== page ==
The World Health Organization (WHO) reports that 1.2 million adolescents across the globe died during 2015, primarily from causes they were preventable or treatable. That is 3,000 deaths each day worldwide.
The total population of adolescents aged 10 to 19 in the world is roughly 1.2 billion, or 1 out of every 6 people.
Traffic accidents: 3,000 deaths per day worldwide
In the U.S., 2,333 teenagers between the ages of 16 and 19 were killed in vehicle accidents during the same year. That equates to 6 teenagers in that age cohort dying every single day.For the teen age group, traffic accidents rank high on the causes of fatalities. Globally, more than 115,000 adolescents died from road traffic accidents alone during 2015. Road traffic injuries were the leading cause of death in 2015.
In 2014, 221,313 teenagers had to be taken to emergency departments for vehicle crash injuries.
How to prevent teen traffic accidents
The U.S. Centers for Disease Control recommends programs that provide information on safe driving. It also recommends that levels of blood alcohol be made lower for drivers in the teen years. They suggest that new drivers receive graduated licenses.
In addition, of course, existing laws on drinking and driving need to be strictly enforced, as does the legal drinking age. The CDC recommends a zero-tolerance policy for drunk driving.
Finally, teenagers need to wear a seat belt. Of the people between 16 and 19 years or age who died in passenger vehicle accidents during 2014, roughly 53% were not wearing their seat belt. However, seat belts have been shown to reduce both deaths and serious injuries by approximately 50%.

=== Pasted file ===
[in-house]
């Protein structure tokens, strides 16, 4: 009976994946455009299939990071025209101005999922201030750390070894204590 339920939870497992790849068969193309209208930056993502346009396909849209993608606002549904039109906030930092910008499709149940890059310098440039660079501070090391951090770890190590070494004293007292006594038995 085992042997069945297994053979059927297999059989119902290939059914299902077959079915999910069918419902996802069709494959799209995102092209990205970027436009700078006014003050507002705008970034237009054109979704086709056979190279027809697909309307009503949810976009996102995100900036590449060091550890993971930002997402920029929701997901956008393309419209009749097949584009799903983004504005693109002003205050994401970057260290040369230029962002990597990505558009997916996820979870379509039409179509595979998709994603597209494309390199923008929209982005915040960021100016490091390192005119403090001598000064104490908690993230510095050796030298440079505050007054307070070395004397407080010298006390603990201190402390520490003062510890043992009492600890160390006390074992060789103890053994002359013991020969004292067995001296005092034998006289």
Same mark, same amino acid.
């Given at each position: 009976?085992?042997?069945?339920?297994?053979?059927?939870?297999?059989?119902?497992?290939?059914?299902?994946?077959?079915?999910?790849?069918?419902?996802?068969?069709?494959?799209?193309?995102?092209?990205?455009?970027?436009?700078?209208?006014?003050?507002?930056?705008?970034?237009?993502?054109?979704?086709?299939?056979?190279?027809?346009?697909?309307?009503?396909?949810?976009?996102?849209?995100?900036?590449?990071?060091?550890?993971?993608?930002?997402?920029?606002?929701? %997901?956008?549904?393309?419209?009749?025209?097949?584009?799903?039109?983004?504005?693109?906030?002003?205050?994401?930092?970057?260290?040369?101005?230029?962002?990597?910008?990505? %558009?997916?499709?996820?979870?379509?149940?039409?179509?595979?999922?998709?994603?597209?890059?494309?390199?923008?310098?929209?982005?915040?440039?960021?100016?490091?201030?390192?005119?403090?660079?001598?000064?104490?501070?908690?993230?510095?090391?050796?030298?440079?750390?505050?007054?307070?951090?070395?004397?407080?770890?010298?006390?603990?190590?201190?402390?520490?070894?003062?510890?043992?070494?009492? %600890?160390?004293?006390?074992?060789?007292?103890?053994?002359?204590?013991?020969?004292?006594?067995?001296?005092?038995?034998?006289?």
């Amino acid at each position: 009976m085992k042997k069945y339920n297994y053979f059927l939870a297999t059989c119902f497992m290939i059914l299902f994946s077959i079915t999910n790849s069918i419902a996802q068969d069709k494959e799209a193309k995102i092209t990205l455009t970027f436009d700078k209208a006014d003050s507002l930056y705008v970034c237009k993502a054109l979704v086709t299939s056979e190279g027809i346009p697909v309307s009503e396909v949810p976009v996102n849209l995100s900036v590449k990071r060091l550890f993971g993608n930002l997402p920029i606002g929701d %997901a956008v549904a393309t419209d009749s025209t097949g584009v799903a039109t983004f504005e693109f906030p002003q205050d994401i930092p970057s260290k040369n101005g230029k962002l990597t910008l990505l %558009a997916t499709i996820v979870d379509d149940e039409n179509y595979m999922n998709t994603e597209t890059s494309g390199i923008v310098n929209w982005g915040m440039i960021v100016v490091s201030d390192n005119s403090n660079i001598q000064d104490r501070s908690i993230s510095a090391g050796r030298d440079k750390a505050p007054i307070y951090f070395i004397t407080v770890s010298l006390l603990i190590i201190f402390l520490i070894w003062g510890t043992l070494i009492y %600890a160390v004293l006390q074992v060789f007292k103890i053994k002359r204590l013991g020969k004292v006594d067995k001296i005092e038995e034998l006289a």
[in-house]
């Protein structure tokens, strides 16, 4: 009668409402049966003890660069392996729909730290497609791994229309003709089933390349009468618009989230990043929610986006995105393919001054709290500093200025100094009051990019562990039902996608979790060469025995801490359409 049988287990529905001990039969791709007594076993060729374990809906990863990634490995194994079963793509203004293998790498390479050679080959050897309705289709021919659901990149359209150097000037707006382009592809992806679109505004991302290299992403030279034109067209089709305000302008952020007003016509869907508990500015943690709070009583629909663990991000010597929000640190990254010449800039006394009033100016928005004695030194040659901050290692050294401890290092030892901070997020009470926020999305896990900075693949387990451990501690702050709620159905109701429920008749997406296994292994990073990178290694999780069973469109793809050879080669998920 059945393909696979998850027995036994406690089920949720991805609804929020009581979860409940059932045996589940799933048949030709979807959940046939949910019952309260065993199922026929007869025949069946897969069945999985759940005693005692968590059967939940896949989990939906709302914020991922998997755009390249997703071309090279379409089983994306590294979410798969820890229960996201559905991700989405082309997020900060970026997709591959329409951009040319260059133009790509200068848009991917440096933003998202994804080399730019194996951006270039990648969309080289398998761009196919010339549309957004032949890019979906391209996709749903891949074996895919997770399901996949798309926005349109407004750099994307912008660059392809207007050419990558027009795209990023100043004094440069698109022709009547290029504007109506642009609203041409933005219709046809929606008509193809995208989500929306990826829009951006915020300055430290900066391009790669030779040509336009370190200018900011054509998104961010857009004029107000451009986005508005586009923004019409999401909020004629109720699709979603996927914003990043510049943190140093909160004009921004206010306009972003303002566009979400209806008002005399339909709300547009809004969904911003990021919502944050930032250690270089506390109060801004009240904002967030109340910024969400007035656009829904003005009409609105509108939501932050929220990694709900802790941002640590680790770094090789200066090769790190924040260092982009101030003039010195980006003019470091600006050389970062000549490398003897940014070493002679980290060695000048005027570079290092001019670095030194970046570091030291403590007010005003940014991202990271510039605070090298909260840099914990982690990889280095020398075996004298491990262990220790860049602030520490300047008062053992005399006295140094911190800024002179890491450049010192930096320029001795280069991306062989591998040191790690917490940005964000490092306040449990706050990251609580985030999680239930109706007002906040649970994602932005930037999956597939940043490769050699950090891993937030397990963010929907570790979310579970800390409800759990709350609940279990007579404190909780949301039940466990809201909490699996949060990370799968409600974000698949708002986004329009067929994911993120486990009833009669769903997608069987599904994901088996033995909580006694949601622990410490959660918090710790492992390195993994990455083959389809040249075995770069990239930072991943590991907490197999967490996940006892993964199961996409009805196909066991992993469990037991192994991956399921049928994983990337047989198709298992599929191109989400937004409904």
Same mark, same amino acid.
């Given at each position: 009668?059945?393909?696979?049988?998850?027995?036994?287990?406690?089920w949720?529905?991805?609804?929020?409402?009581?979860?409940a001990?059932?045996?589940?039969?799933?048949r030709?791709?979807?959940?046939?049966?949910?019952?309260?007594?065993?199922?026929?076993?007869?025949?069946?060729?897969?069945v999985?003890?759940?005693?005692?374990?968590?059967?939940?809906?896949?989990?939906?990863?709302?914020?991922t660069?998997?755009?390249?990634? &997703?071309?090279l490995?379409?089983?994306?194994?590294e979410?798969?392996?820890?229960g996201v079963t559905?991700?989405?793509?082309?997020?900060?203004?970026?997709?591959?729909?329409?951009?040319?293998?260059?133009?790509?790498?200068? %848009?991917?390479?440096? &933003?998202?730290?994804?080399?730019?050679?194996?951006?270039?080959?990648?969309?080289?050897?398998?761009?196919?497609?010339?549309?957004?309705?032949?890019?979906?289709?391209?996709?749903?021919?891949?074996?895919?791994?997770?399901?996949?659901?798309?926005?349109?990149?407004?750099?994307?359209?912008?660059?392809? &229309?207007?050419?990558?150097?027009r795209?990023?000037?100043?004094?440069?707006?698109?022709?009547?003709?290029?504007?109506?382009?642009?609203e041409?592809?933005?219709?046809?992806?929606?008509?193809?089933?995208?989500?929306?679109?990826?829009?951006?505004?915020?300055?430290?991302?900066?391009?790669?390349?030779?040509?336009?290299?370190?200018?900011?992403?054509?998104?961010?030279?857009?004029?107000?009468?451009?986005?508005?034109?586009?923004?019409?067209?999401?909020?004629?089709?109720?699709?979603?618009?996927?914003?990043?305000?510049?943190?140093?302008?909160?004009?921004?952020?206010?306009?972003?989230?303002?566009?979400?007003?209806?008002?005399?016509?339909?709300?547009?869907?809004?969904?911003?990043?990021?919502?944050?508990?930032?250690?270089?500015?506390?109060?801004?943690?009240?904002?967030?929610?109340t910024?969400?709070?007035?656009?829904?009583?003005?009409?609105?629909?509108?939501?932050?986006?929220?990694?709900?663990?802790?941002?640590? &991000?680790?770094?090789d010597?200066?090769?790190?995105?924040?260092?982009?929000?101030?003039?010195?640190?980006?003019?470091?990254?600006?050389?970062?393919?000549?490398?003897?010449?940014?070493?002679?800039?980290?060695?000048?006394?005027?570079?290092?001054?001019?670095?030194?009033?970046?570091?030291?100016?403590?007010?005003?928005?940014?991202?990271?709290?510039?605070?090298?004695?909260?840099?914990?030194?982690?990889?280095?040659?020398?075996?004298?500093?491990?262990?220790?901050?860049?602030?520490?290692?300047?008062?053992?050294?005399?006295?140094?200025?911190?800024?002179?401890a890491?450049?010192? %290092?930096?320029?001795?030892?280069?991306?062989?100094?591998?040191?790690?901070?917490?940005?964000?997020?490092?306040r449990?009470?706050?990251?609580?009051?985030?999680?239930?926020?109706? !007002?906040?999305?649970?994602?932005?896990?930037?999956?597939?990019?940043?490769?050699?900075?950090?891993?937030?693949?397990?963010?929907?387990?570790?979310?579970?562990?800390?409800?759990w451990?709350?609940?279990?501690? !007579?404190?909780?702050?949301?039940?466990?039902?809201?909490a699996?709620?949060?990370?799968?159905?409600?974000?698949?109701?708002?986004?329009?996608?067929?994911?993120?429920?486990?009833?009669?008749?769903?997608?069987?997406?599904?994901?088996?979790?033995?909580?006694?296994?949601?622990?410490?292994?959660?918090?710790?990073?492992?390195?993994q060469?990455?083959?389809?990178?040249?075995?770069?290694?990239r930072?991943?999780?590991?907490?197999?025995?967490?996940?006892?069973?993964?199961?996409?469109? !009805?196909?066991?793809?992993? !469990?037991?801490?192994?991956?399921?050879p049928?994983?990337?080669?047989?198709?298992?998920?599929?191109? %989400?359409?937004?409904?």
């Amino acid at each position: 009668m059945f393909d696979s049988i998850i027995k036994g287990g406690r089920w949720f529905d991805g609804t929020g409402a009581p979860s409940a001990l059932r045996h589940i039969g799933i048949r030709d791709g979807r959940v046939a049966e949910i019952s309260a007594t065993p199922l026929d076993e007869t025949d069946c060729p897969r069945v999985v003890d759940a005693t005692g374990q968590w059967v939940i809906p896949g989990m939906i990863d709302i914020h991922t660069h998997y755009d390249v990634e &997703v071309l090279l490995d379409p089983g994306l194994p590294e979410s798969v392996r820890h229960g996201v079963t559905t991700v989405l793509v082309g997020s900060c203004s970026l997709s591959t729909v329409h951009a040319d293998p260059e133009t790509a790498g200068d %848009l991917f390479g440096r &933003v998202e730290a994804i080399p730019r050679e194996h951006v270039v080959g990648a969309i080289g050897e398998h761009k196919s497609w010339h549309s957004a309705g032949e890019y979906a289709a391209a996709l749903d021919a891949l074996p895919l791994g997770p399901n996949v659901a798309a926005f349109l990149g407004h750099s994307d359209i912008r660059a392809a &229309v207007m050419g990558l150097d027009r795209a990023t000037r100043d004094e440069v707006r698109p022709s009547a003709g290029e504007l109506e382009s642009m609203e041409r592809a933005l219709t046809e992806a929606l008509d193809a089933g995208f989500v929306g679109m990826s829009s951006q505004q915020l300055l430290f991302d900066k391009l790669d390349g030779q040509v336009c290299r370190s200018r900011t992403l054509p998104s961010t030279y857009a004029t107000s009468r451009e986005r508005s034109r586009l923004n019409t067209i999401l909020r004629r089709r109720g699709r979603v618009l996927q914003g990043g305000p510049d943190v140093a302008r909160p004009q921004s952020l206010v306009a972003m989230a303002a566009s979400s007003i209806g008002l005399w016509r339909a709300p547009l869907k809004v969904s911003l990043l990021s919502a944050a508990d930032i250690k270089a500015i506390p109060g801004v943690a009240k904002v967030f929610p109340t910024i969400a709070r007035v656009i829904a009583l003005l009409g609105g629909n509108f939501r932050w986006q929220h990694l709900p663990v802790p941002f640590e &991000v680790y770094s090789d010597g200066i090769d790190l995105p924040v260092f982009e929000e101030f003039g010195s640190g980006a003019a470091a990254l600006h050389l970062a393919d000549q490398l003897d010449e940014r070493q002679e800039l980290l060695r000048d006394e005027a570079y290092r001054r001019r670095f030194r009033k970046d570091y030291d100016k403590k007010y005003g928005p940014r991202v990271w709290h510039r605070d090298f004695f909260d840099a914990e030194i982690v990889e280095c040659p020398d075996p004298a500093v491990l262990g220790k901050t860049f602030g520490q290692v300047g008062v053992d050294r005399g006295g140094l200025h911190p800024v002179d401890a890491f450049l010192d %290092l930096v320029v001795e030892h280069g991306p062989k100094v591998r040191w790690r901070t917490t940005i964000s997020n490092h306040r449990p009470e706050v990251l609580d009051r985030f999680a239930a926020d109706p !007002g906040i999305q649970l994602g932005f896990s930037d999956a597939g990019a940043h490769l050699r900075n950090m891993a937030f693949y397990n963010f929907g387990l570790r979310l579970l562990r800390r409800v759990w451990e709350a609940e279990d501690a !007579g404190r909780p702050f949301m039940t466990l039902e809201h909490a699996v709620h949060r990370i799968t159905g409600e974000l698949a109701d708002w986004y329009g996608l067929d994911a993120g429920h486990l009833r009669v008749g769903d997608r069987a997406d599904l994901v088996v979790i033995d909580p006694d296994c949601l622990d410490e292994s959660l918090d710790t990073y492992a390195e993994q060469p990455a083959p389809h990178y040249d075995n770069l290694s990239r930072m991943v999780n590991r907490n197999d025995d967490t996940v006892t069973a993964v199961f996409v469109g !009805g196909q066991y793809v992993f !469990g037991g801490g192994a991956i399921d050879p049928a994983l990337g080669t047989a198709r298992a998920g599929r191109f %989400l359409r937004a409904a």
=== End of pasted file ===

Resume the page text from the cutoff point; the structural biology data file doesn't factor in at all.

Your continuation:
Drowning: 57,000 deaths yearly worldwide
Drowning is another primary cause of teenager deaths. The WHO estimates that 57,000 adolescents drown each year. Two-thirds of them are male.
In the U.S., the National Safety Council (NSC) reports that nearly 3,400 people drowned in 2013.
How to prevent drowning deaths
To reduce drowning deaths, preventive measures and attention to safety need to be practiced. Drowning deaths are preventable.
The first preventive measure is swimming lessons.
The second is close watching of a pool by a responsible adult who is experienced swimmer. Adolescents should never swim unattended.
Why? Well, even people who can swim can drown. The NSC quotes the American Red Cross as indicating that even of people who can swim, over half cannot float or tread water for a minute without a device used for flotation, cannot jump into water and come up to the surface, cannot swim 25 yards without halting, and cannot get out of a pool without a ladder. The failure of swimmers to utilize any of these safety measures could result in drowning.
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Young people are our most precious resource. It is especially tragic when a teenager dies in a preventable accident.
Edelman, Krasin & Jaye are seasoned attorneys who will fight for justice if you or a loved one has been injured or killed in an accident.
Our initial consultation is free; we will discuss your case and what the next steps could be. Call today for a free consultation with an experienced New York City and Long Island personal injury lawyer today.
Additional “preventable teenager deaths” resources:
- National Safety Council. Stay Safe In and Out of the Water. http://www.nsc.org/learn/safety-knowledge/Pages/safety-at-home-drowning.aspx
- U.S. Centers for Disease Control. Teen Drivers: Get the Facts. https://www.cdc.gov/motorvehiclesafety/teen_drivers/teendrivers_factsheet.html
- World Health Organization. Adolescents: Health Risks and Solutions. http://www.who.int/mediacentre/factsheets/fs345/en/